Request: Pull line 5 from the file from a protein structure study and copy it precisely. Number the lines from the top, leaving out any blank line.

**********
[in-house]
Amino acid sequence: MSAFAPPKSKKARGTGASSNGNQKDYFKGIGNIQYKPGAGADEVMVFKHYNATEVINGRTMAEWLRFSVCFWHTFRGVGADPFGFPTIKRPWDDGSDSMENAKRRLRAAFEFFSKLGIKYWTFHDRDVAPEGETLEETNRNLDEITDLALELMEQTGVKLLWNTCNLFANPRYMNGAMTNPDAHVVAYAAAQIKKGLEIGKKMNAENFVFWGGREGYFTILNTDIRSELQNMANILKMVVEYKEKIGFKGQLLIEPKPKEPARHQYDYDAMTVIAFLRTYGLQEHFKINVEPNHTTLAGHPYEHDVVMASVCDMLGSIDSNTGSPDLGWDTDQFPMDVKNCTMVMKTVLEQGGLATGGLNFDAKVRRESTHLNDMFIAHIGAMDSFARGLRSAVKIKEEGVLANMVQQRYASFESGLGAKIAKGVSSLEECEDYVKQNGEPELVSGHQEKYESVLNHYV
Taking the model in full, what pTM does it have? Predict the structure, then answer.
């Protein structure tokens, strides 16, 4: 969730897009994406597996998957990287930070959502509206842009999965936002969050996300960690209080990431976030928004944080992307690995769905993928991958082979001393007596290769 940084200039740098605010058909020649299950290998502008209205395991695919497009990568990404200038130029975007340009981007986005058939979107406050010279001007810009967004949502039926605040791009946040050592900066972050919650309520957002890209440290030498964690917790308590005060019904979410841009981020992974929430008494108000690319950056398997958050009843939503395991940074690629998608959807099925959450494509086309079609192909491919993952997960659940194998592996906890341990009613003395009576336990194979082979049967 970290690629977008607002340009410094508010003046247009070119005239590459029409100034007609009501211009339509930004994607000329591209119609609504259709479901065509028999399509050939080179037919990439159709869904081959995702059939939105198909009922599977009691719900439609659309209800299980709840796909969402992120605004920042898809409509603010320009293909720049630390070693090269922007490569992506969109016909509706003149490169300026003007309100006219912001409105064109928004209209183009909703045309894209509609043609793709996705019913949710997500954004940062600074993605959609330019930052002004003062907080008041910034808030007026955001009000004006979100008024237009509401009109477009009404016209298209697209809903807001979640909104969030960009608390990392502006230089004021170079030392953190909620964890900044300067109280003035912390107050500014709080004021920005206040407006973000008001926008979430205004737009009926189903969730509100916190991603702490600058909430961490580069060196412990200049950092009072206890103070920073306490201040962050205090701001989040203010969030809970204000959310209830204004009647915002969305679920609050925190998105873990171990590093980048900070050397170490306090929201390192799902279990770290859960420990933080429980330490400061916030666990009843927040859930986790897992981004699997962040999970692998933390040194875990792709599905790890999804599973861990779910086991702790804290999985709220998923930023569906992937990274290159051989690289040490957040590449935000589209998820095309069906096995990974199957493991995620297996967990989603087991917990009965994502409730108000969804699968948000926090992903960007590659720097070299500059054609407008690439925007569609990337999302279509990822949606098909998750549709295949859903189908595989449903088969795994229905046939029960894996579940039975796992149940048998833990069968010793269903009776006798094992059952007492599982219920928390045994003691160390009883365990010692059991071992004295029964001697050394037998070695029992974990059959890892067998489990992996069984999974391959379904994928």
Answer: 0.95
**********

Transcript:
Answer: 0.95